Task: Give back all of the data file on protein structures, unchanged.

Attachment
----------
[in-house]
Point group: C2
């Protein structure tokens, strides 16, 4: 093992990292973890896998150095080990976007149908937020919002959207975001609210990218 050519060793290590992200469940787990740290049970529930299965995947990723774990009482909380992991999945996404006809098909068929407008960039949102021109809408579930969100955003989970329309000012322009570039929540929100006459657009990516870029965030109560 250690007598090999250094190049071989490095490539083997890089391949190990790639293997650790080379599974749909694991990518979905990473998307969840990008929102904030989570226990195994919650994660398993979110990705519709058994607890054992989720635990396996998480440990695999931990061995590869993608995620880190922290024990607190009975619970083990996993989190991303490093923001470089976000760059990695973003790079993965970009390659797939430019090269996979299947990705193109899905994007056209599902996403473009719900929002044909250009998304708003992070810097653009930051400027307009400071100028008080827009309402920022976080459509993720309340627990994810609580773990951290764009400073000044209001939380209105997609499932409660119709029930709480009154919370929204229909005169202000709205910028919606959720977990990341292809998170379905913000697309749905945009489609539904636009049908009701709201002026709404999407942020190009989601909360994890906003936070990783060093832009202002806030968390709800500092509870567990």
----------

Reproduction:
[in-house]
Point group: C2
């Protein structure tokens, strides 16, 4: 093992990292973890896998150095080990976007149908937020919002959207975001609210990218 050519060793290590992200469940787990740290049970529930299965995947990723774990009482909380992991999945996404006809098909068929407008960039949102021109809408579930969100955003989970329309000012322009570039929540929100006459657009990516870029965030109560 250690007598090999250094190049071989490095490539083997890089391949190990790639293997650790080379599974749909694991990518979905990473998307969840990008929102904030989570226990195994919650994660398993979110990705519709058994607890054992989720635990396996998480440990695999931990061995590869993608995620880190922290024990607190009975619970083990996993989190991303490093923001470089976000760059990695973003790079993965970009390659797939430019090269996979299947990705193109899905994007056209599902996403473009719900929002044909250009998304708003992070810097653009930051400027307009400071100028008080827009309402920022976080459509993720309340627990994810609580773990951290764009400073000044209001939380209105997609499932409660119709029930709480009154919370929204229909005169202000709205910028919606959720977990990341292809998170379905913000697309749905945009489609539904636009049908009701709201002026709404999407942020190009989601909360994890906003936070990783060093832009202002806030968390709800500092509870567990």